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Dec 22, 2014 5:47 pm

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Dec 22, 2014 11:59 pm

Hi PackerBacker, it seems like you have a lot more research to do before you get into this industry. To even get a CFP you need at least 3 years of experience. I would strongly recommend interning at wirehouse (UBS, Merrill, Morgan Stanley etc.) or an RIA to see if you even enjoy the industry before you go to grad to school. The curriculum to get your CFP isnt necessary for full time education and could be taken while working and gaining experience. It is very difficult for someone at a young age and I would suggest to find a team to start with. Hope this helps.

Dec 23, 2014 12:39 pm

Wolfgang5 I have heard that you can complete all aspects of the CFP requirements then get the experience requirement as long as it is within 5 years of completion. Is this true or false?

Obviously you would not be a CFP until the experience requirement is met

Dec 30, 2014 11:40 am

Hi PackerBacker3,
There are many perks to both either independent or work at a large firm. I think the on-boarding process and training would be good at a large firm, but I would honestly look at a boutique firm that deals with high net worth clients. Succession planning is the biggest issue in these industries and I think working for a smaller firm with some older folks will give you great hands on experience. The large firms tend to chuck you to the wolves and if you survive awesome if not then "see ya!" The boutique firm would solve the mentor issue and if they are established looking for succession it will give you time to step up down the road and take over! sounds like you are on the right path working to get your CFP (I heard it's a pain in the butt!) If you can achieve that goal then you will be in a great position down the road.

As far as how much you can take home.... That's up to you my friend. The harder you work the more you can make. It's the beauty of the biz. But, if you are doing it for the money... Then don't do it. just my two cents. I wish you the best of luck in your journey. Attached is a good article on succession planning that I think you could learn from. May get an understanding that you have a HUGE opportunity as a millennial entering the financial world!

http://vitalfirm.com/the-millennial-successor/

Dec 30, 2014 11:41 am

Hi PackerBacker3,
There are many perks to both either independent or work at a large firm. I think the on-boarding process and training would be good at a large firm, but I would honestly look at a boutique firm that deals with high net worth clients. Succession planning is the biggest issue in these industries and I think working for a smaller firm with some older folks will give you great hands on experience. The large firms tend to chuck you to the wolves and if you survive awesome if not then "see ya!" The boutique firm would solve the mentor issue and if they are established looking for succession it will give you time to step up down the road and take over! sounds like you are on the right path working to get your CFP (I heard it's a pain in the butt!) If you can achieve that goal then you will be in a great position down the road.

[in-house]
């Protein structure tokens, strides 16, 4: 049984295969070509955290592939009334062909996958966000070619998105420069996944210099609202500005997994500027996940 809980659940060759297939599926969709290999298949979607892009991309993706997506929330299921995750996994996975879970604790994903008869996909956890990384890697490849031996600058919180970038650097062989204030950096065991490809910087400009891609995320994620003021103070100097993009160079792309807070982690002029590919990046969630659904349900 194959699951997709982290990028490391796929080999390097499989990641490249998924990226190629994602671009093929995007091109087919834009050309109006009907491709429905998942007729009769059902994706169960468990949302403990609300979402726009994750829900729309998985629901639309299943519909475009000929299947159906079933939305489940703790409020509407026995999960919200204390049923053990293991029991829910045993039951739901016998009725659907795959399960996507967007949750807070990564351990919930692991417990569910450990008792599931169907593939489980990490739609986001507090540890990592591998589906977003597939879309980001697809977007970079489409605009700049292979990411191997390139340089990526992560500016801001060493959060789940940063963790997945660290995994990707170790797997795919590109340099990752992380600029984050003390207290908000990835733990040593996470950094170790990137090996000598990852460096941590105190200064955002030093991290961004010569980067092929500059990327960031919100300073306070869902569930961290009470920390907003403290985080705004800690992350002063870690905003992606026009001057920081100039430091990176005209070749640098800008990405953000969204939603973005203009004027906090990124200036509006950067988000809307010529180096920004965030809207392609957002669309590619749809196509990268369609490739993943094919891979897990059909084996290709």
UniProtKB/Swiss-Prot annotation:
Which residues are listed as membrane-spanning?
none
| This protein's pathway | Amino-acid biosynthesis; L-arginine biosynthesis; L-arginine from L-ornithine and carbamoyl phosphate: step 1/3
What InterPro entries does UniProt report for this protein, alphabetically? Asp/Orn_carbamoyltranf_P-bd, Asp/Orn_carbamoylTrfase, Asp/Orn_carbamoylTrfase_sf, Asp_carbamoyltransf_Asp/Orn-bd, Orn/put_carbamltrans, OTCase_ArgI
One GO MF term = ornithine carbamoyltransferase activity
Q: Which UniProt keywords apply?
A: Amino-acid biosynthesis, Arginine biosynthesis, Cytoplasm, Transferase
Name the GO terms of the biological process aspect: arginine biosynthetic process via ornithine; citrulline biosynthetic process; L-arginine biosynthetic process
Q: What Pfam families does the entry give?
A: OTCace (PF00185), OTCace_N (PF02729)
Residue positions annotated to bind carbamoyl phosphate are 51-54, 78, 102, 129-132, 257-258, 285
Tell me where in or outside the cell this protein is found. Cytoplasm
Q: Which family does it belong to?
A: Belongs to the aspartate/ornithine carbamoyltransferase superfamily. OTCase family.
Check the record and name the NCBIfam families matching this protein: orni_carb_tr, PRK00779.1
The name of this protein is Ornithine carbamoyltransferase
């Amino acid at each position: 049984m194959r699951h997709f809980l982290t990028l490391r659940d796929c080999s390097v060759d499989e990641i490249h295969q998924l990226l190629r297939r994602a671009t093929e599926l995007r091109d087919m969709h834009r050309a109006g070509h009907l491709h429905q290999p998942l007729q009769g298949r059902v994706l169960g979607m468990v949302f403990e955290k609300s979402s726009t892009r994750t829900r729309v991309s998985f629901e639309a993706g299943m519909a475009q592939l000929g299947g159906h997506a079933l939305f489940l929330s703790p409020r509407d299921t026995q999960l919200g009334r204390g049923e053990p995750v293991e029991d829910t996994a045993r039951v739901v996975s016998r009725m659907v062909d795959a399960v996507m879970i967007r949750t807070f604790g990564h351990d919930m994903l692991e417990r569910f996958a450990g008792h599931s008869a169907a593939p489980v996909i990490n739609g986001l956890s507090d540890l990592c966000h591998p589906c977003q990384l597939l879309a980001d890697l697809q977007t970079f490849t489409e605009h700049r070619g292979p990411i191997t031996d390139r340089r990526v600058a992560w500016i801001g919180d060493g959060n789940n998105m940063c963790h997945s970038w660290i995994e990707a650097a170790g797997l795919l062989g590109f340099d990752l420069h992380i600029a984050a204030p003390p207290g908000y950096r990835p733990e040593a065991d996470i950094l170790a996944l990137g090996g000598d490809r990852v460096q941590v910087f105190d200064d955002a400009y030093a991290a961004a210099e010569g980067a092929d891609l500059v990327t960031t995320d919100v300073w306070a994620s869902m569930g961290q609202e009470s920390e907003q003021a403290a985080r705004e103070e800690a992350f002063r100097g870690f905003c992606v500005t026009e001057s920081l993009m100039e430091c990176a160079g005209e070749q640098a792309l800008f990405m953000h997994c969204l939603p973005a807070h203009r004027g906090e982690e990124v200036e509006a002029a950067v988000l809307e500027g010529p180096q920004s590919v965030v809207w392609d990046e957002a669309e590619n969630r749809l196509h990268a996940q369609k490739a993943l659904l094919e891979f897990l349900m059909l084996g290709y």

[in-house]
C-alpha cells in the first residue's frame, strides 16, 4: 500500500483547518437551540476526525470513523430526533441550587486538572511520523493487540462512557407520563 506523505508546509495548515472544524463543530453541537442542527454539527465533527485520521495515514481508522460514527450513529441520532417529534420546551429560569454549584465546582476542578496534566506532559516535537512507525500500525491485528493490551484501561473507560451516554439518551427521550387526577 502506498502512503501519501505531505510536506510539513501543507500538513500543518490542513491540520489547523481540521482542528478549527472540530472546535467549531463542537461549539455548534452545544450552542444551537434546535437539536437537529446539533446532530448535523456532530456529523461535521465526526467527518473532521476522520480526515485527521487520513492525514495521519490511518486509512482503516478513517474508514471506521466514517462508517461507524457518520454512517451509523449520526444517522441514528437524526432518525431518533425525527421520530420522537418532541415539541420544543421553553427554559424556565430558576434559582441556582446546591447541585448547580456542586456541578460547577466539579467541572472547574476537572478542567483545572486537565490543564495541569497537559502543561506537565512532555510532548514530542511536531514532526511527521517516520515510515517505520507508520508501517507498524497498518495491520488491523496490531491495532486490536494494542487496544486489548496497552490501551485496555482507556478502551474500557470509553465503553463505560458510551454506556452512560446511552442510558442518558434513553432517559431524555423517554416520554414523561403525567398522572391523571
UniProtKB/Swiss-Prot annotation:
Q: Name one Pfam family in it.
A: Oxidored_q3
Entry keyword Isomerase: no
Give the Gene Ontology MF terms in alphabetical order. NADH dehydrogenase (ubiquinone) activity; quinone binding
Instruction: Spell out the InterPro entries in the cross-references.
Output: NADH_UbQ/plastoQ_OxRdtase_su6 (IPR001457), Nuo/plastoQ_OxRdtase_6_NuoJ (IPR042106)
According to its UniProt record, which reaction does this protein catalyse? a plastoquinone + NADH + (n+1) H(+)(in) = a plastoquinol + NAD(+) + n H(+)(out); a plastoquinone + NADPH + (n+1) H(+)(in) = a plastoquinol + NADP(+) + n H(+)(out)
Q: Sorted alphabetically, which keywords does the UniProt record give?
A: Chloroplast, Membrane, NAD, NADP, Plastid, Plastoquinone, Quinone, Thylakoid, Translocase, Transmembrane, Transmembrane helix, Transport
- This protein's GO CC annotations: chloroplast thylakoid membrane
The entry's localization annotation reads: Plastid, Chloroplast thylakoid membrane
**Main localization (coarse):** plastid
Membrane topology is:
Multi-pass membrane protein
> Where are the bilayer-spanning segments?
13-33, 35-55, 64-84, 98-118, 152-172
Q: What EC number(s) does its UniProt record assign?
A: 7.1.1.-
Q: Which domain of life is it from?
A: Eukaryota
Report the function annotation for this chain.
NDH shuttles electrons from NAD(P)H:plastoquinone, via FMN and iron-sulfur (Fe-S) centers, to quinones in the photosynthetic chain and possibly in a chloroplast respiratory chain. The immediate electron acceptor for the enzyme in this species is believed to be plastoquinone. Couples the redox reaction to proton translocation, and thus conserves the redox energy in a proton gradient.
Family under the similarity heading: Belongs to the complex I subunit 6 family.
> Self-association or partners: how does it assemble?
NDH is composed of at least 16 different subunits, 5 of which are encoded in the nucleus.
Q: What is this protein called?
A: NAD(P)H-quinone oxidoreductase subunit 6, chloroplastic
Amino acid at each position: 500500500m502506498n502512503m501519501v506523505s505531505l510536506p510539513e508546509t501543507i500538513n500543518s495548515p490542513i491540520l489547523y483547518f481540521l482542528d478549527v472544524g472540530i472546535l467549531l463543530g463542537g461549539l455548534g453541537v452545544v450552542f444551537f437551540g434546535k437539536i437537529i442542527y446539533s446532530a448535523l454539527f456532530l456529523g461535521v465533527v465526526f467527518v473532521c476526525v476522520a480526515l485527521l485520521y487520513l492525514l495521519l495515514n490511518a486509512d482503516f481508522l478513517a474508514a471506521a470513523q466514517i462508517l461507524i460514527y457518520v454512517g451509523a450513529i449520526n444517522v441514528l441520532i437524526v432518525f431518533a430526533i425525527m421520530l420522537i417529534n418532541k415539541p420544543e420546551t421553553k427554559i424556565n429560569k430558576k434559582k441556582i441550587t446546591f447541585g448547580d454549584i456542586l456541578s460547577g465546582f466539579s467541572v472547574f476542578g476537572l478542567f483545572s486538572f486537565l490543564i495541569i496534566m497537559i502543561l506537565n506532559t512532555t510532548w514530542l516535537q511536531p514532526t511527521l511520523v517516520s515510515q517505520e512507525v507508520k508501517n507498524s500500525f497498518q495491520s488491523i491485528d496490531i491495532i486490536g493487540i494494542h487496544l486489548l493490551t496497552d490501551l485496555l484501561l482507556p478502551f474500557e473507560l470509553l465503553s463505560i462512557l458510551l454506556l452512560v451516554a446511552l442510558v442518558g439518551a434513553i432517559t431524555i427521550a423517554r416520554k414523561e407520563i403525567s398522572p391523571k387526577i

As far as how much you can take home.... That's up to you my friend. The harder you work the more you can make. It's the beauty of the biz. But, if you are doing it for the money... Then don't do it. just my two cents. I wish you the best of luck in your journey. Attached is a good article on succession planning that I think you could learn from. May get an understanding that you have a HUGE opportunity as a millennial entering the financial world!

http://vitalfirm.com/the-millennial-successor/

Dec 30, 2014 11:41 am

Hi PackerBacker3,
There are many perks to both either independent or work at a large firm. I think the on-boarding process and training would be good at a large firm, but I would honestly look at a boutique firm that deals with high net worth clients. Succession planning is the biggest issue in these industries and I think working for a smaller firm with some older folks will give you great hands on experience. The large firms tend to chuck you to the wolves and if you survive awesome if not then "see ya!" The boutique firm would solve the mentor issue and if they are established looking for succession it will give you time to step up down the road and take over! sounds like you are on the right path working to get your CFP (I heard it's a pain in the butt!) If you can achieve that goal then you will be in a great position down the road.

As far as how much you can take home.... That's up to you my friend. The harder you work the more you can make. It's the beauty of the biz. But, if you are doing it for the money... Then don't do it. just my two cents. I wish you the best of luck in your journey. Attached is a good article on succession planning that I think you could learn from. May get an understanding that you have a HUGE opportunity as a millennial entering the financial world!

http://vitalfirm.com/the-millennial-successor/